One person’s determination can really make all the difference, and Chicago Fire’s Eamonn Walker is proof of this.
To set the scene, Firehouse 51 may not have the magnetic Wallace Boden if it weren’t for the one-on-one encouragement Eamonn received from a school teacher at nine years-old. It was London in the 1970’s and Eamonn was a sharp kid, but a teacher, Mr. Thorn, saw him heading down a bad path. To keep him off the streets and out of trouble, Mr. Thorn engaged Eamonn in the centuries old game of strategy and skill, chess.
“He taught me how to play chess, but the game was a byproduct,” Eamonn told us. “I was having a conversation with an adult who was smart enough to be able to prod and pull bits of information out of me to help me think about myself in the future, and my capabilities and what I needed to do to be able to get from one point to the next point.” Mr. Thorn eventually spoke with Eamonn’s mother, which led to Eamonn focusing more on his schoolwork and enrolling in dance and theatre programs.
Fast forward to one day in 2017 when Eamonn was sitting in hair and makeup on the Chicago Fire set at Cinespace Chicago Film Studios. The local news playing on the television covered a gang-related murder of an innocent nine year-old boy on the south side of Chicago. Eamonn was already aware of the violence and crime that plagued the city, but the tragedy of this particular event shocked his system.
“I immediately turned to my friend and barber Sunni (Ali Powell), who has his ear to the ground and the pulse of the city in his scissors, and I started asking questions about how this could possibly happen.” Days later, Eamonn accompanied Sunni to local community meetings. “The conversation by local community leaders who were searching for answers formed this fledgling idea of how we privileged few who film in the city and at CineSpace Studios could combat the harsh realities of growing up in Chicago and make a difference in a child’s life.”
Eamonn, who originally planned to become a social worker and studied the subject I college, felt driven to provide these children with what Mr. Thorn had given to him: time, attention, consistency, and reliability. He wanted to fuse his own experience as a latchkey kid with the resources of talent, skills, and opportunities that he was surrounded by at Cinespace Studios. Thus came One Chicago: Inspire Youth.
“I went to all of the crew and the cast of all three shows and said, who feels like me? And what would you be willing to do?” That’s how the concept of a show and tell came about. “I wanted to build a lasting youth program aimed at introducing and demystifying all the jobs and careers within our industry. What it takes to create, how many different jobs there are, and how many people are involved to make our TV shows. This will let these young people know that they can pick from any field that interests them for a possible career in the film Industry.”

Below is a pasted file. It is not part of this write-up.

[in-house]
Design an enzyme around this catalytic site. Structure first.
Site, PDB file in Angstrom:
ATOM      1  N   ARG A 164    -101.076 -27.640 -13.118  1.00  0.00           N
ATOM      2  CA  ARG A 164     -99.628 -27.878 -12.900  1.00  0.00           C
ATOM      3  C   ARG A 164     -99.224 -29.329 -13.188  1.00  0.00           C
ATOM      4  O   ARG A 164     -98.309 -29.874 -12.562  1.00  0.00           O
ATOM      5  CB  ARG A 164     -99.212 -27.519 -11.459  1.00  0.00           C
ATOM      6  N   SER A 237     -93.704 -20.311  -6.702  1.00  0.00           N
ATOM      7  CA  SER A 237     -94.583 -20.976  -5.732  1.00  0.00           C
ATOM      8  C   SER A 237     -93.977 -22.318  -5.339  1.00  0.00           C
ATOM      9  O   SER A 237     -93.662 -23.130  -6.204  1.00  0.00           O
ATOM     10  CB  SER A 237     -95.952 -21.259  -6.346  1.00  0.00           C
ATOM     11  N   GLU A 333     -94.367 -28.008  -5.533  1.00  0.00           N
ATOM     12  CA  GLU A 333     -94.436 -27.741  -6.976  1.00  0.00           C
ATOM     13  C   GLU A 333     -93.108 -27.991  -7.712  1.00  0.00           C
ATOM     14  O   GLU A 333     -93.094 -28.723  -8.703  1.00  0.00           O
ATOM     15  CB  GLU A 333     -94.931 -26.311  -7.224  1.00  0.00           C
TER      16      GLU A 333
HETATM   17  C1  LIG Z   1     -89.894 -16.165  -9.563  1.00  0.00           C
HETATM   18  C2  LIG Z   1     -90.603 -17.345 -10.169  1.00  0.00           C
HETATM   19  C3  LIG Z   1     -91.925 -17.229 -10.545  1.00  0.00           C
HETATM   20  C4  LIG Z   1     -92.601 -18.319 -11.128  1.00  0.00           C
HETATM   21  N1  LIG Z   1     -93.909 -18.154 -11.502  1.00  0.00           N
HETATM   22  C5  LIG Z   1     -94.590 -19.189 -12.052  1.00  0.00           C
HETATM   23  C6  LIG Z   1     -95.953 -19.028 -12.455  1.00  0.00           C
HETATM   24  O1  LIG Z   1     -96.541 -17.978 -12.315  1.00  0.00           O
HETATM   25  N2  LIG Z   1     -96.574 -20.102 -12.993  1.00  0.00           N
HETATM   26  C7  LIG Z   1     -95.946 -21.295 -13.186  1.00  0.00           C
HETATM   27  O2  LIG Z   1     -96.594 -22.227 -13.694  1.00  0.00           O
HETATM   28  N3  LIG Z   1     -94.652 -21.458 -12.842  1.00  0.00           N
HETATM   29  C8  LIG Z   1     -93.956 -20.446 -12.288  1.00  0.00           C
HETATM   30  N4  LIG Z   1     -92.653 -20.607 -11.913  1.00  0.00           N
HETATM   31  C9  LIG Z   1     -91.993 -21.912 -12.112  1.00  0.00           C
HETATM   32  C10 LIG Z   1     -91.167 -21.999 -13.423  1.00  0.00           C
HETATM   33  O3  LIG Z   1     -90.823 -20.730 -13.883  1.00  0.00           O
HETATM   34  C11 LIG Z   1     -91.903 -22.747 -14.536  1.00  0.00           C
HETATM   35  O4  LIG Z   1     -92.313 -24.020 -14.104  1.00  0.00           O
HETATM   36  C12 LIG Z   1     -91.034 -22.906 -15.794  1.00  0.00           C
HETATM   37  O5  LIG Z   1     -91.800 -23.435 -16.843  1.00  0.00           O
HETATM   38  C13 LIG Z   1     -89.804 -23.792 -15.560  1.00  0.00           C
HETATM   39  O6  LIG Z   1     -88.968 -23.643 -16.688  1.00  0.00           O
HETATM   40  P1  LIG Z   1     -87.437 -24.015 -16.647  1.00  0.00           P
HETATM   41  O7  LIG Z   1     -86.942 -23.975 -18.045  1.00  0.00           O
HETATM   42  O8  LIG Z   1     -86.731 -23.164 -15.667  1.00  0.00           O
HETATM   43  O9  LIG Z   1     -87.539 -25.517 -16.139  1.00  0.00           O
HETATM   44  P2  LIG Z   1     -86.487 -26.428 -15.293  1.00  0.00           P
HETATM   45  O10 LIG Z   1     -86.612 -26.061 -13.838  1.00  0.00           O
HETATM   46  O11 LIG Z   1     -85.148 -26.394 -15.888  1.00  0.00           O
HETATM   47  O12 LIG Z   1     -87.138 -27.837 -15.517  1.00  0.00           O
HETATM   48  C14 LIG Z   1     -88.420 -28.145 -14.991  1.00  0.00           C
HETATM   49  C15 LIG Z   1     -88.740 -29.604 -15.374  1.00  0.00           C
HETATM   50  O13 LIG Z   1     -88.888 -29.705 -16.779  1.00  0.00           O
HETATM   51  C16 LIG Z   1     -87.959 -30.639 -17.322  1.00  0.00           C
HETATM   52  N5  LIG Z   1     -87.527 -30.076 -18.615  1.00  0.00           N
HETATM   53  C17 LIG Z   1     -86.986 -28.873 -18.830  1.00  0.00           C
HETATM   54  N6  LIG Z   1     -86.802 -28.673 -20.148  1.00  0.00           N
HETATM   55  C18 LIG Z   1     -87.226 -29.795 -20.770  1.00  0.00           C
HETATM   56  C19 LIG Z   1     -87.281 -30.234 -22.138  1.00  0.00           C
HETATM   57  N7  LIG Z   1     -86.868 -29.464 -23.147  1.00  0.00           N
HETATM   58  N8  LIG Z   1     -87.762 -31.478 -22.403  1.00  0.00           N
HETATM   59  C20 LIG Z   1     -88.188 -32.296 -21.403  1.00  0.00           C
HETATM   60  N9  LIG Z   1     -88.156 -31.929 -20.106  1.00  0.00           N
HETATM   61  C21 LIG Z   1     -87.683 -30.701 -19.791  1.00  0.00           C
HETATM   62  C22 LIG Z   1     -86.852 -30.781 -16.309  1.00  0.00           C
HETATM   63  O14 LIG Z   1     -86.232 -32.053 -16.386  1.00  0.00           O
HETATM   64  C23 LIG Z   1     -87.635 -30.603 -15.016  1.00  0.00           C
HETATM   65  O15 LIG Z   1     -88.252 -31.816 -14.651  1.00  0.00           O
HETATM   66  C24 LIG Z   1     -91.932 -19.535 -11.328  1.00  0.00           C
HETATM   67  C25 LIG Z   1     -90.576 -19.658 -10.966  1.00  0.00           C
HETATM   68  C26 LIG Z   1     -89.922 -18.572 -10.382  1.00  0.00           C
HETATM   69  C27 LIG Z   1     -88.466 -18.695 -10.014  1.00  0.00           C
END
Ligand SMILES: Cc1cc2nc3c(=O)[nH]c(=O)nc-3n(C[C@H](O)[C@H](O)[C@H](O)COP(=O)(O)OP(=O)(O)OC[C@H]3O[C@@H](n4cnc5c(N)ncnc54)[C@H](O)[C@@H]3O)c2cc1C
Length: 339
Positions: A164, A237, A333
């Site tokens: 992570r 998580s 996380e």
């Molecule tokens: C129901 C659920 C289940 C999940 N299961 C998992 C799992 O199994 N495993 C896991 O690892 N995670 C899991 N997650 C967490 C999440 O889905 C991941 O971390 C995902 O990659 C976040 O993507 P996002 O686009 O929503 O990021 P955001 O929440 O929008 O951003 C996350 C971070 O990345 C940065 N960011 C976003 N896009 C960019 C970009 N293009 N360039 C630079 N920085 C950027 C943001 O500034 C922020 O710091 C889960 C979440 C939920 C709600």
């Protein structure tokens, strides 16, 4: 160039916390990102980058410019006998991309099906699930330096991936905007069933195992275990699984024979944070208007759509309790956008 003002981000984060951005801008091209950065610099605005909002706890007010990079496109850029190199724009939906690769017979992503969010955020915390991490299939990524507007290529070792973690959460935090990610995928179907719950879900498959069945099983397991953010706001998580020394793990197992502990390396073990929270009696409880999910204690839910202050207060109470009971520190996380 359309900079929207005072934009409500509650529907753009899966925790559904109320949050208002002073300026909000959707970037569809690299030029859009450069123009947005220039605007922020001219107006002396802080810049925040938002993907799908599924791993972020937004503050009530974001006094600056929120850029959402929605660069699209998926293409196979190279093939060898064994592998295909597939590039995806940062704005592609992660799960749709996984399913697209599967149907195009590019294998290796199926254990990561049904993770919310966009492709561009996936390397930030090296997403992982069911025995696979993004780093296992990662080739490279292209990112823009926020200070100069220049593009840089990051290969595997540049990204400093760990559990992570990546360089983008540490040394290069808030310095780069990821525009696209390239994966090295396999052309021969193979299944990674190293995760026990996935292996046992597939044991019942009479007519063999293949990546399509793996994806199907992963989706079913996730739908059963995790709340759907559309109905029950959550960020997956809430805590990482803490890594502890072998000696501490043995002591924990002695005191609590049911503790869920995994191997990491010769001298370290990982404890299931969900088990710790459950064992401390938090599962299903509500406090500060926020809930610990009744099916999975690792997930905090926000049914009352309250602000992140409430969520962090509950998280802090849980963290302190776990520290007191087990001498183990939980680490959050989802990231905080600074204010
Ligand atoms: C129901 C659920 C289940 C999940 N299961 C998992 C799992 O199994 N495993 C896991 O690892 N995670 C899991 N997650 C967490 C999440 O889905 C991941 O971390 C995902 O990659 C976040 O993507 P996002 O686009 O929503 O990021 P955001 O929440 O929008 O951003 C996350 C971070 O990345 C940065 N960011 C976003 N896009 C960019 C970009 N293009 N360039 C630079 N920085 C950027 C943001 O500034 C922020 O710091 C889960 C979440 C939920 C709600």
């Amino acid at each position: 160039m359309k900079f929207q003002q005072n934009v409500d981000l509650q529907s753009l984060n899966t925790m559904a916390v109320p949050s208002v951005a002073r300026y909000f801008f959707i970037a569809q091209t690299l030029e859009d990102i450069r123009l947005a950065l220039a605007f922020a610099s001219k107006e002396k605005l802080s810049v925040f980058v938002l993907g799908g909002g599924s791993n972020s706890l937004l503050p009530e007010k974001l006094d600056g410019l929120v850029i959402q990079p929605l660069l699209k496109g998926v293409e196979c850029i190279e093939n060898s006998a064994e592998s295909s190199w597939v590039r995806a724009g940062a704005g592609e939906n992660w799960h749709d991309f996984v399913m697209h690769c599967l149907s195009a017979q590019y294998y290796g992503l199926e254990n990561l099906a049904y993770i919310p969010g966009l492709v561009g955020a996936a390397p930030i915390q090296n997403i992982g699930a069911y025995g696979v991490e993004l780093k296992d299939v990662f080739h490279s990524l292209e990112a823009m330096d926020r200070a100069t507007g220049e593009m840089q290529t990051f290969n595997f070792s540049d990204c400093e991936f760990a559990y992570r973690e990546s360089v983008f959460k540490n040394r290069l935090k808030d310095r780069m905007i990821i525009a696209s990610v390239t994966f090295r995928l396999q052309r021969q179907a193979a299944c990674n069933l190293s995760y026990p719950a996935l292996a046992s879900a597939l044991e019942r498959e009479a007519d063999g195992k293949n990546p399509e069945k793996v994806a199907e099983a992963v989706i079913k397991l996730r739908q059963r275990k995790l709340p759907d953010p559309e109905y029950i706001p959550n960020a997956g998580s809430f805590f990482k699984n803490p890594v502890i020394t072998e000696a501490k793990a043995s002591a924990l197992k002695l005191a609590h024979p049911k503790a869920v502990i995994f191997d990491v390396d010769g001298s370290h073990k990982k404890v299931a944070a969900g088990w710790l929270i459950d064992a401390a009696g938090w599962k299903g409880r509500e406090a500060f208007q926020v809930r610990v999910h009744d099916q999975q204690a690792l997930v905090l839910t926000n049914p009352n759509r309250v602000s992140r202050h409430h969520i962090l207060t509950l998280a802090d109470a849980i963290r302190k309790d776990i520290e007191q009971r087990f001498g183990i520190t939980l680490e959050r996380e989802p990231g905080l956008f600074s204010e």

To activate the program, Eamonn wrote a manifesto capturing his ideas, and then he joined forces with two pre-existing local nonprofits, By the Hand and Sky Art which engage kids aged 12-18 years-old in after-school programs focused on academic advancement and arts education. He then worked out logistics with Dick Wolf and NBC to facilitate open windows of time for the cast and crew members of One Chicago to participate in off-site show and tells.
For three years, One Chicago: Inspire Youth has been presenting show and tells twice a week for an hour each. They have had a wide range of speakers, from the greens master who sets up all the trees on a set to Eamonn’s Fire costars David Eigenberg and Kara Killmer.
“Our cast and crew have the ability to educate and stimulate young minds with concepts, theories, and practical knowledge. Our work and artistry can be an incubator by which we affect changing a young person’s way of thinking by igniting a spark within their minds that says, All Is Possible! and Yes I Can!”
While exposure to the jobs and opportunities involved in making television are the topics at the front and center of the show and tells, Eamonn reiterated that, as Mr. Thorn did so many years ago, these conversations are simply thematic vehicles to educate these kids.
“We address and abate the inferiority complex that comes from the circumstances of being from a challenged neighborhood. But by showing up and forming relationships, we show that this world is available and open. They can focus on this instead of the other opportunities on the street corner. This is about touching young lives and helping them to see past what they can’t see themselves. The words of yes you can are really, really important.”
As remote learning will take the place of traditional on campus schooling this year, One Chicago: Inspire Youth will continue show and tells over Zoom. Eamonn interprets the wider accessibility of a virtual program as a silver lining amidst all the hardships created by the pandemic. Shifting the program creates new obstacles, but ultimately Eamonn gives himself the same advice he shares with the young people he mentors: yes you can!